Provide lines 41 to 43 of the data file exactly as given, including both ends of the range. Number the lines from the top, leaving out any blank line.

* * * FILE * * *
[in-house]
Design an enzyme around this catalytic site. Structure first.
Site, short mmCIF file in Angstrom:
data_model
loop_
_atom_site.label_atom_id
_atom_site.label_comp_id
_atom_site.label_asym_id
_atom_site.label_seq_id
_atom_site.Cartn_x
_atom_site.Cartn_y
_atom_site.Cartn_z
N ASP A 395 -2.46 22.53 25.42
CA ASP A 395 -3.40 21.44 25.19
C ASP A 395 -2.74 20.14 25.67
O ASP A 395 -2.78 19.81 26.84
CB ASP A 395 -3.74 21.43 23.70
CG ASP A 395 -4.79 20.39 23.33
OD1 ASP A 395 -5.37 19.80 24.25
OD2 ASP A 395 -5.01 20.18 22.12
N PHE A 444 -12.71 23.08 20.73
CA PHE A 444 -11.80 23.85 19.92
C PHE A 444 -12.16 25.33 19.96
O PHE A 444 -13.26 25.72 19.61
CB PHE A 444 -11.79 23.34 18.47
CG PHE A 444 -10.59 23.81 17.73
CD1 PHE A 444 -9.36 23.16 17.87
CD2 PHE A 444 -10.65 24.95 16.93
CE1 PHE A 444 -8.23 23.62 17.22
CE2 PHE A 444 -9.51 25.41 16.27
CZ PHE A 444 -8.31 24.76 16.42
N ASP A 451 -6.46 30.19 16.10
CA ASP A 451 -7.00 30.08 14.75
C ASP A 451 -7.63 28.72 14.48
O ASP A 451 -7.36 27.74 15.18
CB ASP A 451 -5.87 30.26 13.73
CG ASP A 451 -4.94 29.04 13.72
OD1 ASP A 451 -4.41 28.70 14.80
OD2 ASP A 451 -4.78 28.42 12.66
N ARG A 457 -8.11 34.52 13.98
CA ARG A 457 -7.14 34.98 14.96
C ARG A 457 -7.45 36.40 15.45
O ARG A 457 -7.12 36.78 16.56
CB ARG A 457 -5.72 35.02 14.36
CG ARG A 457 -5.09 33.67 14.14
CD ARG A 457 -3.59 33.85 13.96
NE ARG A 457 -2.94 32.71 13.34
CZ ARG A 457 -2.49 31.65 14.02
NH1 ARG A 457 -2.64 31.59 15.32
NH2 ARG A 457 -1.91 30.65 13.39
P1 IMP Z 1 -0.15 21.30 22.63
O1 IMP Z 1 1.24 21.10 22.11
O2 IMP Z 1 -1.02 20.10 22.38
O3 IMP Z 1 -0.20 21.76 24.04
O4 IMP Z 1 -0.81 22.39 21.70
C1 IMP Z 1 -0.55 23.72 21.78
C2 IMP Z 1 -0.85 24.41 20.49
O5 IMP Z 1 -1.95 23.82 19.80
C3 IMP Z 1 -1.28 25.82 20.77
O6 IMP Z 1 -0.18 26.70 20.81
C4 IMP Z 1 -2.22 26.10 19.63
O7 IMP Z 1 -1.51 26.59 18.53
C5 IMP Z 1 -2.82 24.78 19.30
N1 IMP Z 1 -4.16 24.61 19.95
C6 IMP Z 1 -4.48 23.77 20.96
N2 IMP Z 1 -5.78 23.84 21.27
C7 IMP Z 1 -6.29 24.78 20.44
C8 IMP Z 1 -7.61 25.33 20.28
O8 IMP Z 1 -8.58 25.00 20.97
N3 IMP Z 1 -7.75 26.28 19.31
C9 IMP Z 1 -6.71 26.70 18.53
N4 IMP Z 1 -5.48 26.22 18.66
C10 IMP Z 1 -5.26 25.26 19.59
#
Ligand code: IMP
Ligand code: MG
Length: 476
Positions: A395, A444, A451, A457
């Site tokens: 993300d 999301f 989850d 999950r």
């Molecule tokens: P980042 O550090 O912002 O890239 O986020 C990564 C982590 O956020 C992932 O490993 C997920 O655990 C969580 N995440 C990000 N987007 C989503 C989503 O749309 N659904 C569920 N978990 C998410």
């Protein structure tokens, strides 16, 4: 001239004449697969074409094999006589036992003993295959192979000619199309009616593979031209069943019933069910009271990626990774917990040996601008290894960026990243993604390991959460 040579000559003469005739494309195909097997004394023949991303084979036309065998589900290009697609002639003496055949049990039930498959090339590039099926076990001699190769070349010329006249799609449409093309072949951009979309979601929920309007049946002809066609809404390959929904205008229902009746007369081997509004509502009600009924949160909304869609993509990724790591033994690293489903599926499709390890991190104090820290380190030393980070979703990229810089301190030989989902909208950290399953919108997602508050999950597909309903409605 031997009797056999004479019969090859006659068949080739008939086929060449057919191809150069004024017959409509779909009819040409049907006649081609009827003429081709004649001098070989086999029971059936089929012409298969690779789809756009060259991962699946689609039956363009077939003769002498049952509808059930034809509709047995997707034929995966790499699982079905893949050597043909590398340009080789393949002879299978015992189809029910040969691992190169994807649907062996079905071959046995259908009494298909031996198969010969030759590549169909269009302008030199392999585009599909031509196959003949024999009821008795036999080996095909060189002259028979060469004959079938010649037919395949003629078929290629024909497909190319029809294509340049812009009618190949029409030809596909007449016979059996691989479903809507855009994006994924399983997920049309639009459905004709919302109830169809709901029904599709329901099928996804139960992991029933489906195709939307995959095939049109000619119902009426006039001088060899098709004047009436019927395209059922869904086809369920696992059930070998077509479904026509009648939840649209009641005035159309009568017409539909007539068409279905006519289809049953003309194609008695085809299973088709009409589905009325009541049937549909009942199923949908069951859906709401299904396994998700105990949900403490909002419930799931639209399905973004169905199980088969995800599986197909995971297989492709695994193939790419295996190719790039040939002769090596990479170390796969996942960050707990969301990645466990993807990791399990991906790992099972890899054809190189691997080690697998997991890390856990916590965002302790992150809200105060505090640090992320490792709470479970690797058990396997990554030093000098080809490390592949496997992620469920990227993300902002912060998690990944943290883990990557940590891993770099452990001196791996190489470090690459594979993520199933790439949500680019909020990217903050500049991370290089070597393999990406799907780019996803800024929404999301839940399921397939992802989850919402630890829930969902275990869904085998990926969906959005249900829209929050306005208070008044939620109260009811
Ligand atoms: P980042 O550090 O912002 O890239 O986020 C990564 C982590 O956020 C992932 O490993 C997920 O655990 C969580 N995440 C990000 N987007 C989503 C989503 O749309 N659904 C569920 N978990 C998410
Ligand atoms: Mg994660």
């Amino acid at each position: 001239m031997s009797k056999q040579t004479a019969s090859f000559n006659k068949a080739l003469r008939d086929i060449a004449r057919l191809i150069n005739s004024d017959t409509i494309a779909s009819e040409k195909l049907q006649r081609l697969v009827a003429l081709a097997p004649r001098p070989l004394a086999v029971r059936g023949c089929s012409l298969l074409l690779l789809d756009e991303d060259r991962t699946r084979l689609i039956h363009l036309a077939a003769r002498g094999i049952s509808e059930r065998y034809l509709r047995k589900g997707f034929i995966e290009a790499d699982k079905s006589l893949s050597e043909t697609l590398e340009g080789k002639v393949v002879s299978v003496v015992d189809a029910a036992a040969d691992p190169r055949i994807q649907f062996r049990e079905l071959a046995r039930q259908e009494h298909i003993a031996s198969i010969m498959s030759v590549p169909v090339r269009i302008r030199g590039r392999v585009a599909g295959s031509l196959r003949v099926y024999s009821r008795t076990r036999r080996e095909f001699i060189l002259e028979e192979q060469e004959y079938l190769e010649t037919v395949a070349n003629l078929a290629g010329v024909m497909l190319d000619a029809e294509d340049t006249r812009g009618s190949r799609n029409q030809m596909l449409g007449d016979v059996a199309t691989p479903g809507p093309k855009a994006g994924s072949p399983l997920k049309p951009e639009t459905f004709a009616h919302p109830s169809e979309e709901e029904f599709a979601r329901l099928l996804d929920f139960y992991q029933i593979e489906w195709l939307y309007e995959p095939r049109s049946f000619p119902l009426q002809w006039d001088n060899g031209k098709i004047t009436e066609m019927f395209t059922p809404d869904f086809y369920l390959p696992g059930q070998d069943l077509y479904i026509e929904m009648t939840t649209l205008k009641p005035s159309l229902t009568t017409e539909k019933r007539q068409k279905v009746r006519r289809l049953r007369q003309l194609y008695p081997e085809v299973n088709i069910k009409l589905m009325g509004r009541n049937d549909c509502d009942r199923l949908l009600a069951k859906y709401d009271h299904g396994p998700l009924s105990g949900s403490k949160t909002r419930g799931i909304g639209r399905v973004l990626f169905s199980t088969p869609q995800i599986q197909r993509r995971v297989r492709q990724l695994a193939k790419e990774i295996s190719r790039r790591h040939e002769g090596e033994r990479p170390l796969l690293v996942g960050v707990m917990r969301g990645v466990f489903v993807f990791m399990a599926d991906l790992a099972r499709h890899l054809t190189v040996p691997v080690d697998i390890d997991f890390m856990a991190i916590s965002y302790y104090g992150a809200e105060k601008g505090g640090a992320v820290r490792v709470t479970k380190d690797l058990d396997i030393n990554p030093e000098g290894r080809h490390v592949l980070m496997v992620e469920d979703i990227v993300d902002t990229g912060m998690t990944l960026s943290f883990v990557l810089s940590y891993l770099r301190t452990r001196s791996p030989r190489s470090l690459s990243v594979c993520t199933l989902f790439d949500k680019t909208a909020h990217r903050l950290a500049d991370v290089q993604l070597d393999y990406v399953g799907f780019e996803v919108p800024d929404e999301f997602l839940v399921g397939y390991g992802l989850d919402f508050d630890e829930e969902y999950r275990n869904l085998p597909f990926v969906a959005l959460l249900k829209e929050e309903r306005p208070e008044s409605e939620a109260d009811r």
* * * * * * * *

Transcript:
CA ARG A 457 -7.14 34.98 14.96
C ARG A 457 -7.45 36.40 15.45
O ARG A 457 -7.12 36.78 16.56